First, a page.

By Jamila Cross email@example.com
Deep passion and commitment to see a son with special needs thrive has driven Simone Soo Ting-Bethel to develop a strong voice advocating for her son, and parents who often lack the resources and support system to provide the necessary opportunities for their children’s holistic development.
In 2000, she gave birth to her son, Trent. At age three, an incident which escalated at preschool was the catalyst for his teacher suggesting that she seek professional assessment with a clinical psychologist for him.
Marina Torres tested and confirmed that Trent was autistic and shared with Simone referrals for speech and occupational therapy. Her first thought, “It is better to deal with this, rather than living in denial.”
Simone describes the many times during the early part of the journey where she was not alone but felt alone in her experiences. She started to follow up on the referrals and the process for learning and growing with a child with autism. This would ultimately include hiring a speech pathologist, clinical psychologist/child specialist, audiologist and looking for an appropriate school to meet his educational, behavioural, and emotional support needs.
D & D Educational Centre became a very familial environment during Trent’s formative years, and she learnt to practise being more patient, digging deep to find out what motivated Trent, what doors needed to be pushed open so that he could fulfil what she saw as his limitless potential.
As she reflects, Simone describes holding on to the belief that ‘nothing happens before its time, and everything that happens in life, happens for a reason’. This was ever-present within her own family, revealing that it took time for some family members to grasp the nature of Trent’s intellectual disability, and to adapt to his needs.
Simone recounts during her pregnancy, going to the beach with Patrick, her husband and Trent’s father, and camping for Easter at Maracas, and having her son immersed in water. She believes his love for water started in the womb!
At age 14, while still navigating new educational experiences, he was introduced to swimming at the Centre of Excellence, and together with instructor Dale Bacchus, he can only be described as a natural swimmer. Around this time, he was also enrolled in Goodwill Industries, learning a trade and there began his first introduction to the Special Olympics.
Gold in the Backstroke
In 2018, Trent participated in his first local Special Olympics swimming event at the Diego Martin Community Swimming Pool, competing in the 25m freestyle, relay, and backstroke. Simone reveals her nervous excitement, and pride at her son’s performance.
Trent evokes the unbridled emotions of joy, and happiness in his voice when he describes his love for the water and support from his family, and the community of master’s swimmers who have encouraged him to become a more competitive athlete.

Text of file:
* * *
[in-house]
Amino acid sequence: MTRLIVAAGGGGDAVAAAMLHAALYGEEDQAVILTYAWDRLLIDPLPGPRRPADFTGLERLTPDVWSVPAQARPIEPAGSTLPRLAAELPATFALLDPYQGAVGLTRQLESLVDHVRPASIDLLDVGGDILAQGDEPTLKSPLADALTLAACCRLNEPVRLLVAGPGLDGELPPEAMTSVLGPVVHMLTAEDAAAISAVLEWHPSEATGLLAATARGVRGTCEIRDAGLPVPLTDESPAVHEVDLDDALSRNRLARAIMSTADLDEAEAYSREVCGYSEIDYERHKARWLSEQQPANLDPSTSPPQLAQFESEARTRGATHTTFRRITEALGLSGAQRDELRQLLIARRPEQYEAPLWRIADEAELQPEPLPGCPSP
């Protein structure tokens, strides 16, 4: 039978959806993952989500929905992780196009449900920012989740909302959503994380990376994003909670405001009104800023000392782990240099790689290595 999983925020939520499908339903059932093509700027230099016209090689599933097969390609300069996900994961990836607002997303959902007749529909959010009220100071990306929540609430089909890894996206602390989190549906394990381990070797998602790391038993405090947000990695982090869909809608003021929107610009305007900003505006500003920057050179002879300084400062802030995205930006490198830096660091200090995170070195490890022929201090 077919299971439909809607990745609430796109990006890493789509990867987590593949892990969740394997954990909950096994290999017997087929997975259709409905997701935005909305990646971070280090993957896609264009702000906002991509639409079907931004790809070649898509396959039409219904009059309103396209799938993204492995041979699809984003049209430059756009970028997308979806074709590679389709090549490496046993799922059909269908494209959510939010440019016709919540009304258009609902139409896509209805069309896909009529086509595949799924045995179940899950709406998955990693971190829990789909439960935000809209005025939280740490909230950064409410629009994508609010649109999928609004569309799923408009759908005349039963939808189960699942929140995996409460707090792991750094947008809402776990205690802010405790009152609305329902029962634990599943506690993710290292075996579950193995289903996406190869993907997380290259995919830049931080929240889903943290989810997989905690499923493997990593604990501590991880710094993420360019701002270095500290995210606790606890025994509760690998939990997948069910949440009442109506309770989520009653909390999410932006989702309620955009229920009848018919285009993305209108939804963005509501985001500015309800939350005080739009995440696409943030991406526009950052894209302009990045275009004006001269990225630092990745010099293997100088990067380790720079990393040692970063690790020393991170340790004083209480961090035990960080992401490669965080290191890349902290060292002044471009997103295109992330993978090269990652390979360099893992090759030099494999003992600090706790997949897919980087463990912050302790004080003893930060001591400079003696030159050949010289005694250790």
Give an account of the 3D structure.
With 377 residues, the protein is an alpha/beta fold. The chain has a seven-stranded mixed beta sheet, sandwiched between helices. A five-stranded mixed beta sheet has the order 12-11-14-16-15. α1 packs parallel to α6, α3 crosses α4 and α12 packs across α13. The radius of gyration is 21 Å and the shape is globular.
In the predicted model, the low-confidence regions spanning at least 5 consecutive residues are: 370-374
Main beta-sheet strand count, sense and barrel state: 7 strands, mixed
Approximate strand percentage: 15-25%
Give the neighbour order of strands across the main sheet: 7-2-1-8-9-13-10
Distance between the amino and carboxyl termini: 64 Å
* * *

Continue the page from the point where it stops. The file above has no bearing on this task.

Trent trains with two adult master swimmers William Carr and Patrick Lee Loy who have truly nurtured his talent and improved his technique. Prior to Covid-19, he trained with master’s swimmers at T&T Aquatics, three days a week (Monday, Wednesday, Saturday) and completed open water Sunday swims with Trinity Masters.
He has developed a strong bond with Carr whom he describes with absolute joy as “patient and attentive”, who makes him feel like he is doing extremely well and pushes him to do better.
Carr does not consider himself a coach, but his strength lies in open-water swimming. He understands the mental and physical training required particularly for longer distances and alludes to the fact that he and Trent swim well together pushing each other. “He is the only swimmer I let touch my foot but it’s my way of knowing he is still there and his way of telling me he is still in my draft.”
He feels that one day it would be the opposite as Trent continues to improve and would probably lead the pack.
Five years after taking his first plunge into the pool, Trent was selected to represent Trinidad and Tobago at the 2019 Dubai International Special Olympics with fellow national Special Olympians Nikoli Lalla, Jaleel Pierre, Donovan Garib; open-water team Stefan Singh and Shania Surajbally; and the relay team of Trent, Nikoli, Jaleel and Donovan.
The collective euphoria shared by family, and friends alike was incomparable, as he won gold in the 25m backstroke and in the 4 x 50m relay.
In the future, Trent would like to continue swimming, and add cycling to his sporting events. There will certainly be many more Special Olympics representations to come, and while an escort is normally required, he would like to explore the possibility of competing in mainstream events.
Simone is eternally thankful for the Trinity Masters, and Gordon Borde for creating an environment of acceptance, inclusion and understanding for the Special Olympians.
I ask her one final question: What would she have told her younger self to find encouragement during the low moments? “Don’t give up, it is not the end of the world.”
She invites parents of children with special needs, especially those living in areas with limited access to information and resources, and seemingly insurmountable challenges to speak with a professional, community-based social worker to get the help, guidance and support required so their children are not left behind.
Jamila Cross played professionally for Sevilla FC women’s Club in Spain (2005). She is the mother of three boys Tishad, Akim and Santiago and a passionate advocate for access to sport and education as powerful tools for youth empowerment. Her life mission is to travel the globe building deeply connected human and spiritual experiences through a life of love, service, gratitude, and trust.